As the body moves forward through the water a pressure wave builds up in front and, the faster the pace, the more effort is needed to overcome it. With EDS/HMS patients walking fast, using short precise steps is preferable, avoiding hyperextension at hip or knee. Emphasis should be placed on controlling the legs and not allowing "Wobble" at the hip of either the moving or standing leg. Tile lines are useful here, as the patient can concentrate on moving straight down the line, and not allowing any deviation to either side. As strengh and balance improve, speed can be increased and the hydropherapist can add turbulance, while encouraging the keeping of a straight course against the uneven flow of water.
Brisk sideways walking works hip abductors and adductors. Here the point to watch is that the patients pelvis and toes face sqaure on to the wall, so there is true abduction and adduction, not flexion, taking place at the hips. Small range, moving fast works best, and the ankle of the moving leg is everted as the leg is pushed out, inverted as it pulls in, to prevent passive overstraining of the ankles by flow of the water.
Hip flexors and extensors
A) Isometric. Standing chest deep in water, holding rail for balance. Swing one leg briskly backwards and forwards, in a small range, keeping the knee straight, but not hyperextended. Make sure there is no "wobble" on standing or moving the leg.
B) Static. Lying. fully supported, on bed, small ring around thigh. push down against resistance of float, hold for count of 10, and relax. To increase the work use a larger ring around thigh,a s moving the ring to the ankle to lengthen the lever, as would be usual will force the knee into hyperextension.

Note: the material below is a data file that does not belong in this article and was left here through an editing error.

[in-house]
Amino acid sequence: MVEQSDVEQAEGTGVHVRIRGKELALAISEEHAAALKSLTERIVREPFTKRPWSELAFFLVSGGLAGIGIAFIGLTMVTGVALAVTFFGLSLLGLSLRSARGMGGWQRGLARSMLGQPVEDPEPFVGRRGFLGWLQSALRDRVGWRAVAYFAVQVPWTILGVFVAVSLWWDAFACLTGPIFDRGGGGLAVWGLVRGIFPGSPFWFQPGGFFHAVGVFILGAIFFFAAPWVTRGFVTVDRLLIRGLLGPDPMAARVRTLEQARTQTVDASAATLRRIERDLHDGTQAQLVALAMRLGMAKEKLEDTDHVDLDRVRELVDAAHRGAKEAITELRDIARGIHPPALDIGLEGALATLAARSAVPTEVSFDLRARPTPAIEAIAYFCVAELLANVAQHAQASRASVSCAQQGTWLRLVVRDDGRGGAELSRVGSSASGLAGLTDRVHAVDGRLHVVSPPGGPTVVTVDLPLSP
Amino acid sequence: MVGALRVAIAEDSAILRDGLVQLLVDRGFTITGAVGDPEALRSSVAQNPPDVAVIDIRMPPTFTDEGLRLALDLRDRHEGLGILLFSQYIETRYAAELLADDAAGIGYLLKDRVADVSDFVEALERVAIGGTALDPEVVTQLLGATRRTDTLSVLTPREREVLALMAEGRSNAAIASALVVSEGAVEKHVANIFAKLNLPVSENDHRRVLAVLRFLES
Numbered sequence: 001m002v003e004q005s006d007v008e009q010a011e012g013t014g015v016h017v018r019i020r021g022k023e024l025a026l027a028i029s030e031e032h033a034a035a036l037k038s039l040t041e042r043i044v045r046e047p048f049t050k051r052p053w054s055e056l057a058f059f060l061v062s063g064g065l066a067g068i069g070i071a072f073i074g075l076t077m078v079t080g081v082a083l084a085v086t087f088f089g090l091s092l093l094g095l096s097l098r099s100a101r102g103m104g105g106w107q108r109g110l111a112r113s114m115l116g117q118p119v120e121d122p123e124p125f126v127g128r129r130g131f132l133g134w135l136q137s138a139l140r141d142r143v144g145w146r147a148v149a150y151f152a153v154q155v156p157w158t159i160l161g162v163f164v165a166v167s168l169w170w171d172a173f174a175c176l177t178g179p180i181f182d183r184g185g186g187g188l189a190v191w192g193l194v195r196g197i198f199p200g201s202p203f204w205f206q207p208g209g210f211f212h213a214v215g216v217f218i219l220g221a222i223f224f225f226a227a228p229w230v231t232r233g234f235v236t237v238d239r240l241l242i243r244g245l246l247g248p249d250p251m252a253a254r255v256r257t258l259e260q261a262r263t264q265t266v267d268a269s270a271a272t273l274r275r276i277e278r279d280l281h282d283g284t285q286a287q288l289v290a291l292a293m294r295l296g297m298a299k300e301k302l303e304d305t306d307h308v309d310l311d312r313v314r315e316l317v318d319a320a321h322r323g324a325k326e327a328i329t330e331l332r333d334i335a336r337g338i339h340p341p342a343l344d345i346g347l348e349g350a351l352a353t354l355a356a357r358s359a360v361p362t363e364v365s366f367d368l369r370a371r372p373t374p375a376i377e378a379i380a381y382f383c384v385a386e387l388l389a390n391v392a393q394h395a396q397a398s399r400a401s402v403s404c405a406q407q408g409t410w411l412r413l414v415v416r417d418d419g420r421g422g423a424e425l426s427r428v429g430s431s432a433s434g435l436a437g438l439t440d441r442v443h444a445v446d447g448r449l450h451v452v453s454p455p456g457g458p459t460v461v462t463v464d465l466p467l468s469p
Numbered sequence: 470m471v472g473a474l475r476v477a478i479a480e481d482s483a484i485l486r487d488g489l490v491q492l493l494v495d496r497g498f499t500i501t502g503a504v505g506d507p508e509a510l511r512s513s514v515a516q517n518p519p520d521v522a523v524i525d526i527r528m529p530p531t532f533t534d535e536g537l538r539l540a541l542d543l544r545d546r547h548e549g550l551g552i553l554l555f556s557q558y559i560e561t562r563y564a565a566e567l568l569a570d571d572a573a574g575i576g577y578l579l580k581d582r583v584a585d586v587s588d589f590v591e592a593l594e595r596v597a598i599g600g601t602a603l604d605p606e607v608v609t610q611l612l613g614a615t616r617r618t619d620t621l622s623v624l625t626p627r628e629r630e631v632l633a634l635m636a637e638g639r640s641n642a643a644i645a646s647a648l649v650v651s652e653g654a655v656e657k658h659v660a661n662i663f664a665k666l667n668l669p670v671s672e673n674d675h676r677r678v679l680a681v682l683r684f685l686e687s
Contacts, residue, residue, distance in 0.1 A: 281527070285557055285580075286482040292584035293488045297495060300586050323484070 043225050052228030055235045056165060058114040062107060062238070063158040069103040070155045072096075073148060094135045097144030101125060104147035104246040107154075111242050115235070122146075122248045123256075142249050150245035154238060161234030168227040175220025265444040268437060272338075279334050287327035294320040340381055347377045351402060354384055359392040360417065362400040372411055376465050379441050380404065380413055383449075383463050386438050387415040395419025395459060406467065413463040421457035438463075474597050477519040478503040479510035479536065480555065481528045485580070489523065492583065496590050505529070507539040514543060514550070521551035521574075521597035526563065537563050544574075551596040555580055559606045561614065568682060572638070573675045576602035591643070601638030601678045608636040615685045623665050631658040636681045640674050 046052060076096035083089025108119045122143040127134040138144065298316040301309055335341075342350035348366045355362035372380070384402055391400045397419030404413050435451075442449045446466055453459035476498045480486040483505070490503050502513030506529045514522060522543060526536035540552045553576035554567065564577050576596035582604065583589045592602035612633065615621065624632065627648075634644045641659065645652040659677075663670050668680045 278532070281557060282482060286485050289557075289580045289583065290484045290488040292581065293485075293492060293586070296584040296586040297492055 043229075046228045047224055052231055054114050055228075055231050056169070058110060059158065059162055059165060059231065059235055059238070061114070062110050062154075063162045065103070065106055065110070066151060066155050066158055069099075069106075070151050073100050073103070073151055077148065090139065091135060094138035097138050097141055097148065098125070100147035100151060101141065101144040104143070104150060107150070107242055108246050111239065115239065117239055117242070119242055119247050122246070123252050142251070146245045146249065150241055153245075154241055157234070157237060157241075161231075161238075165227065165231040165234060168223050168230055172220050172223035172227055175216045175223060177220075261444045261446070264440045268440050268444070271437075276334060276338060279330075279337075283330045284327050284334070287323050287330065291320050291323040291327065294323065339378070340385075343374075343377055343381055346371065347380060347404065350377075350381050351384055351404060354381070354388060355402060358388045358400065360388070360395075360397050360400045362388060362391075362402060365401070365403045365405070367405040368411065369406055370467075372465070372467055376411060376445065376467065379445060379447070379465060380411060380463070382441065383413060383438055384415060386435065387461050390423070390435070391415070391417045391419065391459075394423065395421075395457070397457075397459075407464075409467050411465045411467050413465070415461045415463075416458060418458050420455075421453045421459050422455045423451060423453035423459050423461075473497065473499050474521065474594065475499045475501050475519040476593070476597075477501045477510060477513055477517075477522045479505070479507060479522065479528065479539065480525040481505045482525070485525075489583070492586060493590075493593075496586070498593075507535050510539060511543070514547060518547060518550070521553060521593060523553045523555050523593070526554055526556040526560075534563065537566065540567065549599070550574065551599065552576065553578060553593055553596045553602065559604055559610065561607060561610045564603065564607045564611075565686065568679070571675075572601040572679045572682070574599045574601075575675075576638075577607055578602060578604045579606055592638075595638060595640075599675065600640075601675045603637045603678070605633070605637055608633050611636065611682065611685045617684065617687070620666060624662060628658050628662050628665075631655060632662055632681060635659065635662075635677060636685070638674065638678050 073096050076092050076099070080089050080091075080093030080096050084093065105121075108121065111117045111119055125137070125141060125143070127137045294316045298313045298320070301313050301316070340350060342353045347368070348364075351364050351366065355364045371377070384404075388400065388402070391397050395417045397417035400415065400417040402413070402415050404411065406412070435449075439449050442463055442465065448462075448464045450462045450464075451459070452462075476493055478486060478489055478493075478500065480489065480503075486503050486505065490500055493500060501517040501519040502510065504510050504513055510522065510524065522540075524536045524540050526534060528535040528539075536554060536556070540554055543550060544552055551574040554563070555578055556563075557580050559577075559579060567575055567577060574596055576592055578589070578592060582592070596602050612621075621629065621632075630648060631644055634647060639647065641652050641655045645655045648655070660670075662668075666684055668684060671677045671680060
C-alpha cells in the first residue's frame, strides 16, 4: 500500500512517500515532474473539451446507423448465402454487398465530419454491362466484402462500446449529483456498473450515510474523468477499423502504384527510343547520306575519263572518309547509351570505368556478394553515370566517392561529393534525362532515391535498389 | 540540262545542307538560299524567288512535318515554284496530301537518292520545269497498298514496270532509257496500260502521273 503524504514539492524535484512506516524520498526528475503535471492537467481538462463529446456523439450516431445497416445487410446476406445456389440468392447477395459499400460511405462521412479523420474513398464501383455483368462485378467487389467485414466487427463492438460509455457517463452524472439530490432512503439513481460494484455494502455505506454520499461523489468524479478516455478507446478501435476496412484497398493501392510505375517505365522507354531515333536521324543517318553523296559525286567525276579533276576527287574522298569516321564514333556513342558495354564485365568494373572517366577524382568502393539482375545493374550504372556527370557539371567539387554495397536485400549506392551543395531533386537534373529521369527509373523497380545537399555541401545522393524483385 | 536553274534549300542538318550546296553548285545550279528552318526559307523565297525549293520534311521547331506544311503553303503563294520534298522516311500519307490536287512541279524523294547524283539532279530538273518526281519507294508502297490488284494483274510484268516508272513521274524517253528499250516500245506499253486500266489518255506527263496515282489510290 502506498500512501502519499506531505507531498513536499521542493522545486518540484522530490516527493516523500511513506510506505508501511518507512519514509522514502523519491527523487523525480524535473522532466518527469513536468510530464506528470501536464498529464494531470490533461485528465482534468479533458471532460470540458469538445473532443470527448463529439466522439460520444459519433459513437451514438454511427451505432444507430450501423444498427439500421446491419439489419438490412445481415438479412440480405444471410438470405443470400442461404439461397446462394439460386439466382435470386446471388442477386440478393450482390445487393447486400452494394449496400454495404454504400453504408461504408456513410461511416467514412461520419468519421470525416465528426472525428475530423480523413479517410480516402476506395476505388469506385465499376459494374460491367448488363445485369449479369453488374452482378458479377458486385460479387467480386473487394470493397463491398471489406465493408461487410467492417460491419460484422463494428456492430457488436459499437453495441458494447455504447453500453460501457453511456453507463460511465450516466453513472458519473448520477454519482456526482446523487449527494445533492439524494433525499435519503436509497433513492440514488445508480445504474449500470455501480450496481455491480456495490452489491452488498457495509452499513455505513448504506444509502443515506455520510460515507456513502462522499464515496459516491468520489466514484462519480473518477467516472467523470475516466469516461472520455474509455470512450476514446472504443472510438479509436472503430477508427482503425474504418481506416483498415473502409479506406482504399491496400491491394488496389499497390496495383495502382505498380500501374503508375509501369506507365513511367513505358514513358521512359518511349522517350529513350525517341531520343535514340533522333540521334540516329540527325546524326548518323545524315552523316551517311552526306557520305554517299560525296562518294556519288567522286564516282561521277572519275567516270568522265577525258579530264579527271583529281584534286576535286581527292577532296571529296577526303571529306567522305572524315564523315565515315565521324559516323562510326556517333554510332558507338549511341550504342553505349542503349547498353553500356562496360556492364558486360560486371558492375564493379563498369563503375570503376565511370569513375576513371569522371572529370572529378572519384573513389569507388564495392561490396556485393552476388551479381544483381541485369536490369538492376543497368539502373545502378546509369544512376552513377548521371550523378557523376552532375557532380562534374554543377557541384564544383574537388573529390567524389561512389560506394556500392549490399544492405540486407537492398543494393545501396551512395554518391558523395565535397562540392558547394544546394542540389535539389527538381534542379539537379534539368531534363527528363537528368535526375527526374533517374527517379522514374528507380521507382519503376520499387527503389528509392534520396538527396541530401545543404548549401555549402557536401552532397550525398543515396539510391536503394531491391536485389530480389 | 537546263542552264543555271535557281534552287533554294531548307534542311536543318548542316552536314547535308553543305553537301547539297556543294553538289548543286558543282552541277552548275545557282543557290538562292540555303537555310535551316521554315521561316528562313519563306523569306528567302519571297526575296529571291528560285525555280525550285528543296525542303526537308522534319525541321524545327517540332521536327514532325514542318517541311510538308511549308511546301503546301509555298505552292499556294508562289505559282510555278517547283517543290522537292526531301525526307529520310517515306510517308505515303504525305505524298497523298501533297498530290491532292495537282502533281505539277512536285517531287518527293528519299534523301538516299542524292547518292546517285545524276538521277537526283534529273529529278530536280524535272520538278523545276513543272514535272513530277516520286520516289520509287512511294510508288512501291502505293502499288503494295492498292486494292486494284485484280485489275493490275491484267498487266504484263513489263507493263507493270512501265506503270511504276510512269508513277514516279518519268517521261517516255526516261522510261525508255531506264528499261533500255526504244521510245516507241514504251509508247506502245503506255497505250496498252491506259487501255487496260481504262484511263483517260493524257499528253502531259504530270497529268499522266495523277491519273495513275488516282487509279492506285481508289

Knee flexors and extensors
A) Isometric. Standing chest deep in water, holding rail. Flex and extend one knee briskly, avoiding hypermobile range.
B) Static. Quads:-
Standing facing the wall, inclined at an angle of 45Ã‚Âº, with float around ankle, and knee bent (Avoid forcible flexion of knee by float) Extend knee against float, hold for counts of 10, relax.
Sitting with one knee extended, and float around ankle (Again avoid forcible extension of knee by float) Bend knee against resistance of float, hold for count of 10, relax.
With the patient sitting up to her neck in the water, shoulder flexors and extensors, ab and adductors, elbows and wrists can be worked in the same way, using small range free exercises pushing strongly through the water, followed by static holds against the buoyancy of a float. Shoulder rotators can be worked with the patient sitting, elbows bent to 90Ã‚Âº, and held into the waist, while the hands move in and out. Towards and away from the midline. As the shoulders become more stable it may be possible to use plastic hand paddles to increase the resistance. The ones with wide straps over wrists and hands are preferable, as they support the wrists in the flow of the water.
Cool down period
Many EDS/HMS patients have hypermobile cervical vertebrae, and are unhappy about using a head collar to float as it strains the neck. Always check this, but if they are comfortable in a collar, or confident enough t float without one, effective stabilising exercises can be done in floating. For example, with the patient supine in floats arms abducted, grasping paddles the physiotherapist fixes the hips, and pulls the patient backwards and forwards through the water. While the arm position does not alter. This technique can be adapted to other parts of the body, where the patient hold the join in a fixed position against the turbulence and drag created by the hydrotherapist.
Rhythmic stabilisations can also be performed, using annual resistance, in sitting and standing. The cool-down period could include balance work, such as slow walking, standing on one leg, and slow stepping up and down on small step, with the emphasis on control of the movement and balance. These exercises can be made more difficult by the physiotherapist adding turbulence